[ATTENDED: May 20, 2016] Explosions in the Sky
The band was inexplicably pretty late getting on stage (and then had to come out and fix their gear themselves). As they came out on stage I realized that I had no idea what the band members looked like.
I was excited that I was able to get so close to the stage (the show was sold out). And, I was pleased to realize that EITS was a no mosh pit kind of band, so things were fairly mellow so close to the stage.
The band’s set up was that there was one microphone placed kind of far to the stage (there’d be no singing tonight). When the band came out guitarist Munaf Rayani (the only guy to talk) apologized for them being so late. He then said they were Explosions in the Sky from Texas. And until he said good night that was the only voice for 90 minutes (except for a half dozen of idiots standing nearby talking way too loud and taking selfies).
Even though I’ve been a fan of the band for years and have all their official releases, I don’t know the names of their songs. I just know that they are all epic and most have a recognizable guitar riff at some point. Their latest album is a bit different from their previous ones though. There’s a couple of short songs and there’s a bunch of synths on many tracks). Most of the songs don’t sound quite as epic. But they still sound great.
What was interesting about the show was the crowd. The crowd was really into the music. But, and I don’t know if this happens a lot, they would cheer throughout a song. Most of the songs are seven or eight minutes long, but it seemed like the crowd would go wild every time the band reached a crescendo and then faded back again. So perhaps there was cheering three times in a song. There’s nothing exactly wrong with it–it just seems odd from a purist standpoint.
But that did nothing to diminish the awesomeness of the show.
The band came out–three guitars right up front and a drummer in the back. There was also a fifth member who is their touring guy. He more or less hung out in the back and just rocked out with his wild shock of hair.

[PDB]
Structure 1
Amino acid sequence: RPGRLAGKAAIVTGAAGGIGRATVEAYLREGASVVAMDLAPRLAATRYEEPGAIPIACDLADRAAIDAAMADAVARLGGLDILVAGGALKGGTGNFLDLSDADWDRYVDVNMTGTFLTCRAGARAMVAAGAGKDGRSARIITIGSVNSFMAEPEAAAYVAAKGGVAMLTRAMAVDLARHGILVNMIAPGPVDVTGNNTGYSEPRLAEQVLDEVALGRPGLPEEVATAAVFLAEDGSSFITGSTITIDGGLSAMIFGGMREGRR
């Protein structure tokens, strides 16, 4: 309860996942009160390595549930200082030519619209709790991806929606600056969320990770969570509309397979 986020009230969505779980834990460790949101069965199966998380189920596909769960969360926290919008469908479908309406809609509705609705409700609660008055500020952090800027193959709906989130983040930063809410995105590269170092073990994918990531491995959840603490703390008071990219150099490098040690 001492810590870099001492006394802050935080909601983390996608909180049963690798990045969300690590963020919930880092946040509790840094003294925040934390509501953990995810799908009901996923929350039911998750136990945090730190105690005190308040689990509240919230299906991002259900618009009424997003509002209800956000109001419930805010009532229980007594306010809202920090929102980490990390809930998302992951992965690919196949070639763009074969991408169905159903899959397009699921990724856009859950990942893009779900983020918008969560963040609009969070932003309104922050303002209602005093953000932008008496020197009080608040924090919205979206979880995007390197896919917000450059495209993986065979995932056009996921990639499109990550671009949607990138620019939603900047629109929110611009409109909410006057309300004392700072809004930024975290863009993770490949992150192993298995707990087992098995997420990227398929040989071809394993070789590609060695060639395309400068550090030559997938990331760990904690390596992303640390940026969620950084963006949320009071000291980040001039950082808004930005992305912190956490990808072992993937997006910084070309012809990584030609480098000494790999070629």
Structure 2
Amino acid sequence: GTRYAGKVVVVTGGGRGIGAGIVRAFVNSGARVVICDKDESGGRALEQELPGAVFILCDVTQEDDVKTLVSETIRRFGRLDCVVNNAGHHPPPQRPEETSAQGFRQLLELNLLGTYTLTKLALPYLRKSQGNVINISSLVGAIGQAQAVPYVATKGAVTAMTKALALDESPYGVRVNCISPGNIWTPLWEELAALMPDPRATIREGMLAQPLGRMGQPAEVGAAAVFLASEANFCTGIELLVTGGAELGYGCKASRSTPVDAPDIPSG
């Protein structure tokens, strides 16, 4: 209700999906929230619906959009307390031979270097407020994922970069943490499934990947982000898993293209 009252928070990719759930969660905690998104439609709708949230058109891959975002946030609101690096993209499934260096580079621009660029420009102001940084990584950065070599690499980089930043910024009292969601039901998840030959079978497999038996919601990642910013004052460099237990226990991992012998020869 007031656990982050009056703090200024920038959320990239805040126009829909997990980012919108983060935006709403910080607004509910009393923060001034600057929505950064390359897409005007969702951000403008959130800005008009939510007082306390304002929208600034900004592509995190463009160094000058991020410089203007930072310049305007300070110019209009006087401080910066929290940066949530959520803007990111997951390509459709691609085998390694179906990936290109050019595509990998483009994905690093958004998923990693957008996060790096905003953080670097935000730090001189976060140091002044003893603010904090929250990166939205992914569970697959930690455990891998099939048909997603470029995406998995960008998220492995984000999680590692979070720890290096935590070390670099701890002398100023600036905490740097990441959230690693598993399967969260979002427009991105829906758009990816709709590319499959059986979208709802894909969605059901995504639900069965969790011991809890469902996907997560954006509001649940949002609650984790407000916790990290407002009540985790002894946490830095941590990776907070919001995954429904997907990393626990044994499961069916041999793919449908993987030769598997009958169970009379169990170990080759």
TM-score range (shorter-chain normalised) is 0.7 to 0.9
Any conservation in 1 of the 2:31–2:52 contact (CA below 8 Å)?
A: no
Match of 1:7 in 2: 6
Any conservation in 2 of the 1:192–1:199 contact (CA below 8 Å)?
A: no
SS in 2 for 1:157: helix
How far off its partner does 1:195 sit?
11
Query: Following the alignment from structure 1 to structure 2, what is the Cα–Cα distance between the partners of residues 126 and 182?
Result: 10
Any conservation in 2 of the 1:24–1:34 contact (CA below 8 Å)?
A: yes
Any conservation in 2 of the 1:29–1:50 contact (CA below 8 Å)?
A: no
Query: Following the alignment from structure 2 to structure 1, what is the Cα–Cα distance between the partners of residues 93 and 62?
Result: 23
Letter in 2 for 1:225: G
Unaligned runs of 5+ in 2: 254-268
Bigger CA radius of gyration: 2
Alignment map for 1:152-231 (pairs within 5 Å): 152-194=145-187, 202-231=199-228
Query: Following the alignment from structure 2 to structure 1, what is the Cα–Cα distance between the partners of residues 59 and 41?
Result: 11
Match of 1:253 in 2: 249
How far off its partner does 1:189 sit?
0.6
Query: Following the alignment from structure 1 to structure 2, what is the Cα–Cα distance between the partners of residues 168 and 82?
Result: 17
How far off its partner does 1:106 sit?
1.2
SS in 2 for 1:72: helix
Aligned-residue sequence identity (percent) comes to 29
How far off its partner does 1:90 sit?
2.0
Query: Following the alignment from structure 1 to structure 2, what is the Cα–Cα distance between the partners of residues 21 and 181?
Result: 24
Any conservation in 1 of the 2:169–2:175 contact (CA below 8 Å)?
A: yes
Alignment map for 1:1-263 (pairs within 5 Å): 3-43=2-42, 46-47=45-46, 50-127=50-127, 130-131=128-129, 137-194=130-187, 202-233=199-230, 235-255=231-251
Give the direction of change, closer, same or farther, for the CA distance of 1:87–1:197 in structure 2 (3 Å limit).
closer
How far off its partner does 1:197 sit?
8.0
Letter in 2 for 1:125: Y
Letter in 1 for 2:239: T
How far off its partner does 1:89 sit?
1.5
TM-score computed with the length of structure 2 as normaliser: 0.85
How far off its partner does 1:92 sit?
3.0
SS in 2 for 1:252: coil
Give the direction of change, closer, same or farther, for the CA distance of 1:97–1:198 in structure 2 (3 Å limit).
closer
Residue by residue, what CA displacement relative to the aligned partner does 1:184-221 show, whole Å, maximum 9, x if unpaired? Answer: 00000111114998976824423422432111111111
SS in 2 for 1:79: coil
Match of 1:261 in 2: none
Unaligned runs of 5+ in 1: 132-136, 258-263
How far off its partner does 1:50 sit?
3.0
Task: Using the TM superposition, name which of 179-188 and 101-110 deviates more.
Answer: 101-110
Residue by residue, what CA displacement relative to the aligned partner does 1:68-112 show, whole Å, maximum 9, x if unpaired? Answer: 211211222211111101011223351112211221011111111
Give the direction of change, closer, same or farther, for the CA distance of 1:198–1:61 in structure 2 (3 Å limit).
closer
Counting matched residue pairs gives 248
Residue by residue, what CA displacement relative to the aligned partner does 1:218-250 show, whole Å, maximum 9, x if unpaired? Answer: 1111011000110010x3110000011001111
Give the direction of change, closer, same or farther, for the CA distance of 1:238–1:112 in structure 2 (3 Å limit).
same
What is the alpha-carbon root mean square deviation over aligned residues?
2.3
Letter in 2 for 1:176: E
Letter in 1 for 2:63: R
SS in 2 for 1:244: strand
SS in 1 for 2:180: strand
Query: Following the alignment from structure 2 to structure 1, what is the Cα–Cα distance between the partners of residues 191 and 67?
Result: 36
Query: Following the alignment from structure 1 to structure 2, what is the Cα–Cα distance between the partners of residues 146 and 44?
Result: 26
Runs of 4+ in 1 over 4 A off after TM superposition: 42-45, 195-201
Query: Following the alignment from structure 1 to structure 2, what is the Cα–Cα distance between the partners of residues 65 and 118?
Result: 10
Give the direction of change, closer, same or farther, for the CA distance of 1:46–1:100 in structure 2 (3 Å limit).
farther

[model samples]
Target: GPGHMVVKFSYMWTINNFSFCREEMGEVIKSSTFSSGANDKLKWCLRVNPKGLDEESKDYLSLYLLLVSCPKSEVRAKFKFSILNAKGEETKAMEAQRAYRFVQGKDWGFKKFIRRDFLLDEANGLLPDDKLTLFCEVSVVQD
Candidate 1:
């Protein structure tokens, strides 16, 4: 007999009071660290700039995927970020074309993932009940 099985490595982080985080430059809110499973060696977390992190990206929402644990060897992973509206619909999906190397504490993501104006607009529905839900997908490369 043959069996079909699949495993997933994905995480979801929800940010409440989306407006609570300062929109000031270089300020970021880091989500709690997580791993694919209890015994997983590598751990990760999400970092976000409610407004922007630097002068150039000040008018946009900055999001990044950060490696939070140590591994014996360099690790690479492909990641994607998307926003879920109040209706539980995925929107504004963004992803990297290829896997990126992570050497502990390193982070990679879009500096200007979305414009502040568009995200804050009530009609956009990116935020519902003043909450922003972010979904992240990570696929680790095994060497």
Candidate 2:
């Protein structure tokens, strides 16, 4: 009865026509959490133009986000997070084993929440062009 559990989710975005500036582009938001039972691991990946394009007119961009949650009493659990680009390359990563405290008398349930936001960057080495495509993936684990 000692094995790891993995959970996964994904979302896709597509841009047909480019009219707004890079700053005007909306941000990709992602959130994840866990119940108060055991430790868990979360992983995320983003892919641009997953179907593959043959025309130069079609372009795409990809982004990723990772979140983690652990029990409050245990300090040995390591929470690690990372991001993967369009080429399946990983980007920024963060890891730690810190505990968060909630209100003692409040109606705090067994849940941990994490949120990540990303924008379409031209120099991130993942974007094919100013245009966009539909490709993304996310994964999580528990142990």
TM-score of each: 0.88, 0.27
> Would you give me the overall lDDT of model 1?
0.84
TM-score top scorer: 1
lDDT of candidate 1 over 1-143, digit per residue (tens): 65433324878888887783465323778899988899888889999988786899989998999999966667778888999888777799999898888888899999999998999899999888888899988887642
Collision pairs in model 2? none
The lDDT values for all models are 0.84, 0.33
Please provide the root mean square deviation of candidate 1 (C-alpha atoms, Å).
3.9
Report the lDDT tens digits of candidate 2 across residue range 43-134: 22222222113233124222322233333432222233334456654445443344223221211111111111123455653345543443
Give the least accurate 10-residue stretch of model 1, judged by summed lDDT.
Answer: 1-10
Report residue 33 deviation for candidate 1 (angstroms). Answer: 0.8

EITS have a bunch of albums out (they have done several soundtracks as well). For this show they only played songs from 4 of their records, but there are no complaints about song selection. They played four from The Wilderness (the new one), Four from Those Who Tell the Truth Shall Die, Those Who Tell the Truth Shall Live Forever. Two from All of a Sudden I Miss Everyone and two from The Earth Is Not a Cold Dead Place. In looking at some of their other recent setlists, I feel like we got an extra special show since we got 12 songs and many other places got only ten or eleven. (yea us).
I was on the left side of the stage–Mark Smith’s side. Smith plays most of the high solos in the songs–those recognizable moments that really push the song along. He even used a violin bow on the first song, which was awesome.
In the middle was Michael James. James is kind of the workhorse of the band. He seems to play most of the main riffs. He also switched to bass on a number of songs (and played main riffs on that too). When the songs really rocked out, I have never seen anyone strum all four strings of the bass guitar so heavy before. He had a kind of genial smile through the whole show and was a really joy to watch. I loved when he would lift his hands up and kind of pummel the chords out.
On the right side was the most animated guy in the band Munaf Rayani (the guy who it was hardest for me to get a photo of–stupid tall people). Rayani plays a lot of the textures and noises and well as some solo parts. He was so much fun to watch since during the chugging parts he would slouch really low, swinging his guitar around (video on Instagram). He lifted his guitar high, he did all kinds of things. His guitar was also the loudest for some reason.
On drums is Chris Hrasky. I’ve been raving about drummers lately. And I definitely noticed on the records how musical the drums are to their songs. But with no disrespect to him, my eyes were all on the guitars (in part because the drums were set really far back and I couldn’t really see him). But he was spectacular throughout.
Carlos Torres is their touring musician. He played bass on most of the songs although when James switched to bass, he would play guitar. He also played keyboards and, for the song “Disintegration Anxiety” he played hammered dulcimer (which I don’t think we could hear at all but was fun to watch him play).